After a lifetime of clear vision, my eyesight began getting blurry almost all-at-once (1-2 week period). I chalked it up to age (I'm 43), but about 9 months later read that it is a side-effect of Dysport, which I had only once, coinciding (I realized) with the changes in my vision-which have never improved. I see that some doctors have negated the idea of Dysport affecting the vision, and yet, it is listed as a possible side-effect. Which is true, and what can I do about it?
Is my Vision Permanently Impaired from Dysport?
Doctor Answers 7
Vision and disport
Although this can theoretically happen, I thankfully have not seen it and I use a lot of Dysport. The effects would resolve when the Dysport stops working so I do not think that this is what you are experiencing. I would see your eye doctor.
Have a question? Ask a doctor
Dysport and vision
I agree with Dr. Steinsapir's evaluation. If you had reported that your blurriness kicked in immediately, and then went back to normal as the Dysport was wearing off (over 3-4 months), then yes, this could have been a side effect problem. However, because the vision hasn't improved, I'd unfortunately agree it's just a sign of aging. While it seems like it probably happened over night, in reality it's been getting worse for some time and just seems to have hit a point of no return at about the same time as the Dysport. It is my opinion that the two aren't related.
Dysport did not impair your vision.
Vision issues that develop right after a botulinum toxin treatment are related to their rare systemic effects on the iris musculature. These muscles are used for the process of accommodating to focus on reading materials. So if you reported that within 3 days of a botulinum toxin treatment you had trouble with near vision and the symptoms resolved within a couple of weeks, that would be consistent with what can occur following a botulinum toxin treatment but it is quite rare. I suspect what you are talking about is a gradual loss of the ability to read close up ( i.e. the need for reading glass) that begins to develop after age 35. Eventually many of us need a prescription to assist our ability to focus on reading material. At age 43, it is unrealistic to expect to read without the assistance of a reading glasses even if your distance vision is perfect. Sorry another reality of being in the over 40 set.
You might also like...
Dysport and Vision Impairment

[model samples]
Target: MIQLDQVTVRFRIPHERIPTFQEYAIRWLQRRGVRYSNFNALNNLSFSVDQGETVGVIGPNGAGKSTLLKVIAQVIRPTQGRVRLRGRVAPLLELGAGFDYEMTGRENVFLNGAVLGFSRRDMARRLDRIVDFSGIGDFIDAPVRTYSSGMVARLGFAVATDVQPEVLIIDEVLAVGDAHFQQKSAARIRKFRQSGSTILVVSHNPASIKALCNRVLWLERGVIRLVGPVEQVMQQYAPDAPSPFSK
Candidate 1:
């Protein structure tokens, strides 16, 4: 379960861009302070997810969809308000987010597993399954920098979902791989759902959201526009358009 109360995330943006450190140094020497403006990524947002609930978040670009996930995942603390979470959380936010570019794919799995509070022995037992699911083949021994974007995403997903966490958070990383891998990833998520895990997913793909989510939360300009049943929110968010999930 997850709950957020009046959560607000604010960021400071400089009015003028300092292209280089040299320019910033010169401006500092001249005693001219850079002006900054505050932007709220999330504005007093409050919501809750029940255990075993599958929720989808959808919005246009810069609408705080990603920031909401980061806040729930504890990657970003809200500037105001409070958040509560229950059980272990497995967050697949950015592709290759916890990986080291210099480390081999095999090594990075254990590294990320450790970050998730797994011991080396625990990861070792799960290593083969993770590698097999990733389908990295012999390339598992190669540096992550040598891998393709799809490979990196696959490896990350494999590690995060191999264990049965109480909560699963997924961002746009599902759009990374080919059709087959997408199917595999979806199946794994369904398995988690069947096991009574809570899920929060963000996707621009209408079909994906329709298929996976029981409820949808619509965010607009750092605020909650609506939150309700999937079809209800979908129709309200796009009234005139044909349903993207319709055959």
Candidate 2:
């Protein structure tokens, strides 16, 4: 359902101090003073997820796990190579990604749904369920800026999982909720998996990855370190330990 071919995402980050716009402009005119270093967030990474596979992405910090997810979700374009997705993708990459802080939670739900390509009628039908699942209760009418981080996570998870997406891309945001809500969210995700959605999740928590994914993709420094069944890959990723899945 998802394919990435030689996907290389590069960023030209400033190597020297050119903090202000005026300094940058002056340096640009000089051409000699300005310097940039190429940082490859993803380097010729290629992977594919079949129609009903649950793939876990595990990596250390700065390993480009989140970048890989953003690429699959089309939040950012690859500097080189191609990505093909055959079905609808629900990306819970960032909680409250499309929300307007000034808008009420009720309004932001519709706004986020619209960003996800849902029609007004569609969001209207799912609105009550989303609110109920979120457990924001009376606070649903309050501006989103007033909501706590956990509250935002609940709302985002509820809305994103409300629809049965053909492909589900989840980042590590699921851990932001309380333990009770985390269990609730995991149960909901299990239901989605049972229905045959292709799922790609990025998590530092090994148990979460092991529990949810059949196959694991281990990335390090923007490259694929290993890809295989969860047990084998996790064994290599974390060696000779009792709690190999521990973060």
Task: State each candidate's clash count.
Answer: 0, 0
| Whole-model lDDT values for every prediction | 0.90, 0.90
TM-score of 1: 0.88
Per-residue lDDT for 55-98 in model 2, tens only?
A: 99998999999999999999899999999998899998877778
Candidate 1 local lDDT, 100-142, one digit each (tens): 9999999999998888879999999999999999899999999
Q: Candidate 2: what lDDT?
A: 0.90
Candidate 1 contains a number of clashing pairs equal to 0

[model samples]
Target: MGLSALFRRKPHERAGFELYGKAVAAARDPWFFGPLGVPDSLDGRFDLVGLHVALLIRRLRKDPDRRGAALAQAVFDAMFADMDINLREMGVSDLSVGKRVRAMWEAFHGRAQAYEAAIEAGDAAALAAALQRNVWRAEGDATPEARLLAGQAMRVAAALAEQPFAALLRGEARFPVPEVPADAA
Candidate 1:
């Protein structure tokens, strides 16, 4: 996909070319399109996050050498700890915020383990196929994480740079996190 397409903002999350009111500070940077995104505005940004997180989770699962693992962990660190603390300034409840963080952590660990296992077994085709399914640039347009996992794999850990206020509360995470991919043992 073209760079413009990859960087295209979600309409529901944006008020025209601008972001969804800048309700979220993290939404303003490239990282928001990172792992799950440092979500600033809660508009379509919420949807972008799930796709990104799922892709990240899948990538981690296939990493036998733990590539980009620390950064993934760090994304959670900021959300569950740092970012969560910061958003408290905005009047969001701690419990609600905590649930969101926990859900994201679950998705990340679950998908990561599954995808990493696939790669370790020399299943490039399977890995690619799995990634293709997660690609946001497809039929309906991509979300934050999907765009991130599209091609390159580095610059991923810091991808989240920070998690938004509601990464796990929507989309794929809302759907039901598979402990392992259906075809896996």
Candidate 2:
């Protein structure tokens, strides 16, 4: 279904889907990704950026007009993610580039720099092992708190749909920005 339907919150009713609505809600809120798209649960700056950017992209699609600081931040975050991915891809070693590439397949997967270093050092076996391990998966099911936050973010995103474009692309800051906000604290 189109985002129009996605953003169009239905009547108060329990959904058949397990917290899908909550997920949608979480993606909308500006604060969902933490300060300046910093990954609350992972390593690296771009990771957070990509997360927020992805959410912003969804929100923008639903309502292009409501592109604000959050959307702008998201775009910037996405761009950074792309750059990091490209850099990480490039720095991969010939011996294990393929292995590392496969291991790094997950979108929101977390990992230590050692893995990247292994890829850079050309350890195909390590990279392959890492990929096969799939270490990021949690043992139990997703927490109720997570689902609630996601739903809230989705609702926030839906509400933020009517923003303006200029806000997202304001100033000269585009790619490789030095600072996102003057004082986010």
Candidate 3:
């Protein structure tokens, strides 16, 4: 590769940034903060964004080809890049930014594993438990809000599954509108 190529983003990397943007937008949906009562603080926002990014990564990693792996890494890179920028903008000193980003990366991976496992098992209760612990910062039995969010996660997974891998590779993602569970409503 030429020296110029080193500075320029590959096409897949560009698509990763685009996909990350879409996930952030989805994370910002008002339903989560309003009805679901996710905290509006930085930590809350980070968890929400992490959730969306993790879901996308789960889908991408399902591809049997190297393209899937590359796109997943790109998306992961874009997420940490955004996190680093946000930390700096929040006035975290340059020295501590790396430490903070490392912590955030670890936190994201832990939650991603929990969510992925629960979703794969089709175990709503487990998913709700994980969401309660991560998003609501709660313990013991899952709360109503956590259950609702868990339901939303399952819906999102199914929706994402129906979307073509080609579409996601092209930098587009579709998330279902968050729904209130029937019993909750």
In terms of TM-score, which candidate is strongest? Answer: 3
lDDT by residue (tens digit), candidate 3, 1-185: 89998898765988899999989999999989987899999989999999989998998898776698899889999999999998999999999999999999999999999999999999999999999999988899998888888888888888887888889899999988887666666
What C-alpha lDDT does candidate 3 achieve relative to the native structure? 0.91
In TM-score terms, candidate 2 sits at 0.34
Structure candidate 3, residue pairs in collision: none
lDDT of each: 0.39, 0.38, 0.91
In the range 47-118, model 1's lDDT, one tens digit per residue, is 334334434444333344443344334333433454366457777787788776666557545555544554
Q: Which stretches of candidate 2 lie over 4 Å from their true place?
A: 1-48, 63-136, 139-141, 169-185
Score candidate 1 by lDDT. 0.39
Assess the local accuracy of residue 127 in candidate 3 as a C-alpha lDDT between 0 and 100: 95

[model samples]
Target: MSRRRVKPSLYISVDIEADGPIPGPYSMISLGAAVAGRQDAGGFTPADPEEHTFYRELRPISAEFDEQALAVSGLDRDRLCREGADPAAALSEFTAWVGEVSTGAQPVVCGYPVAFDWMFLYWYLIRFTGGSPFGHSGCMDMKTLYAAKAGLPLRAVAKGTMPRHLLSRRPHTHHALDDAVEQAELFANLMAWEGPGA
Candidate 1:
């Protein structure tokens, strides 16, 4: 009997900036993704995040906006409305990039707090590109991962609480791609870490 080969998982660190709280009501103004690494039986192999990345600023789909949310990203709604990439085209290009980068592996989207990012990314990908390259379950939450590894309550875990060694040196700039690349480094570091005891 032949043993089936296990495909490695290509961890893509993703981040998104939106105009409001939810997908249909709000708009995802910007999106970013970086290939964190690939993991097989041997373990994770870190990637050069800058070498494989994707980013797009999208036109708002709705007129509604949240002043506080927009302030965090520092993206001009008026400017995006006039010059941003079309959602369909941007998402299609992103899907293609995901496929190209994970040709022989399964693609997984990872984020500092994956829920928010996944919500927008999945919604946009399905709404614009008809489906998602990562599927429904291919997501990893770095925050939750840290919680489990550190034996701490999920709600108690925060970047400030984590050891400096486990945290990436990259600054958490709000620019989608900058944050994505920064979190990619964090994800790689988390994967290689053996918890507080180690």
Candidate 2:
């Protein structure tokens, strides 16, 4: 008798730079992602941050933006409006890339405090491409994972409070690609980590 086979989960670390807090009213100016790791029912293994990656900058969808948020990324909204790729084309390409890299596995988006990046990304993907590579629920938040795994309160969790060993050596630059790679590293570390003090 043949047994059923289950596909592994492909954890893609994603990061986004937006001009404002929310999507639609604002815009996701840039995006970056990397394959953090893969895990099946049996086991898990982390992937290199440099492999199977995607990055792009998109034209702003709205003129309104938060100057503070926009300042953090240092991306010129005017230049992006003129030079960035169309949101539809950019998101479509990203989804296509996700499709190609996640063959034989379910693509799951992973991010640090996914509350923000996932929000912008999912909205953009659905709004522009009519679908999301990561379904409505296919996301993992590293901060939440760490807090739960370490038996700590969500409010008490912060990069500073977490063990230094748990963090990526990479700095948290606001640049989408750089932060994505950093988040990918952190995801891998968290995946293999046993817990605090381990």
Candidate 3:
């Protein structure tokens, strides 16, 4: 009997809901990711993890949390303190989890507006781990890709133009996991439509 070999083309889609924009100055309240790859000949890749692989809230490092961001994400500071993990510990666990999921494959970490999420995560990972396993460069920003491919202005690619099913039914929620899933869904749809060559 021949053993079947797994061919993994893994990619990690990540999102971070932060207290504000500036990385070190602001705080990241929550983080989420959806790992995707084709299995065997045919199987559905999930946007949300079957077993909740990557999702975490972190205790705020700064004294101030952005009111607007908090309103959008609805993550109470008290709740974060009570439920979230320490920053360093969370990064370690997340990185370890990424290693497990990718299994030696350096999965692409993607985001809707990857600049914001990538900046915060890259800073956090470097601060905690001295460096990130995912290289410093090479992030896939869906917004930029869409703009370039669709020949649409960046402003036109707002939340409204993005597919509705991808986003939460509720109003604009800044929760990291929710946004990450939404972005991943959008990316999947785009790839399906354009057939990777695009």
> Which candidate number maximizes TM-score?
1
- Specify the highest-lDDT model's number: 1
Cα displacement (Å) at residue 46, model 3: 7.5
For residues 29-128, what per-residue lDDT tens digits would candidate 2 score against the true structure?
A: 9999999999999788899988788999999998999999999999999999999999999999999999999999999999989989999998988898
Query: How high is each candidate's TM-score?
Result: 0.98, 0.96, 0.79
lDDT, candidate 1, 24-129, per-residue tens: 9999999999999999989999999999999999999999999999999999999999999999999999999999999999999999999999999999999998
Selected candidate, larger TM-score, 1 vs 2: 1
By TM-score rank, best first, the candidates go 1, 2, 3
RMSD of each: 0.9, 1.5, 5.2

Thank you for your question. I would recommend getting an evaluation by a board certified ophthalmologist who can do an assessment. It is likely not related to Dysport and I have never seen or heard of any patients experiencing this. The package insert must discuss all side effects that occurred during Dysport studies, whether or not they were related to the actual injections, which is why it can be an exhaustive list of side effects, which may be rare or unrelated. Be certain to be under the supervision of a board certified dermatologist or plastic surgeon with expertise in injectables for the safest and most effective treatments. I hope this helps.
Vision Impairment After Dysport
Can Dysport impair my vision?
I have not personally heard of Dysport affecting a patient's vision. I would recommend an examination by an opthamologist to determine the cause of your affected vision. Blurred vision may be caused by a number of things, including but not limited to:
1) Certain medications
3) Specific eye conditions
In general, it is very important to have a properly trained physician administer your Botox injections. This will ensure you obtain the best possible result and will minimize the chances of any negative side effects occurring. Thanks and good luck!
Unlikely Dysport effect
Often patients feel that something has happened acutely or suddenly, when its in fact the sudden realization of a process that has been likely quite gradual. Patients attention is sometimes drawn to something by a coincidental occurence, and then will link the two.
There is absolutely no way that 9 months later, the Dysport is still the culprit.
There is something you can do about it: get a good exam from an ophthalmologist and maybe invest in some good glasses:)
Best of luck
These answers are for educational purposes and should not be relied upon as a substitute for medical advice you may receive from your physician. If you have a medical emergency, please call 911. These answers do not constitute or initiate a patient/doctor relationship.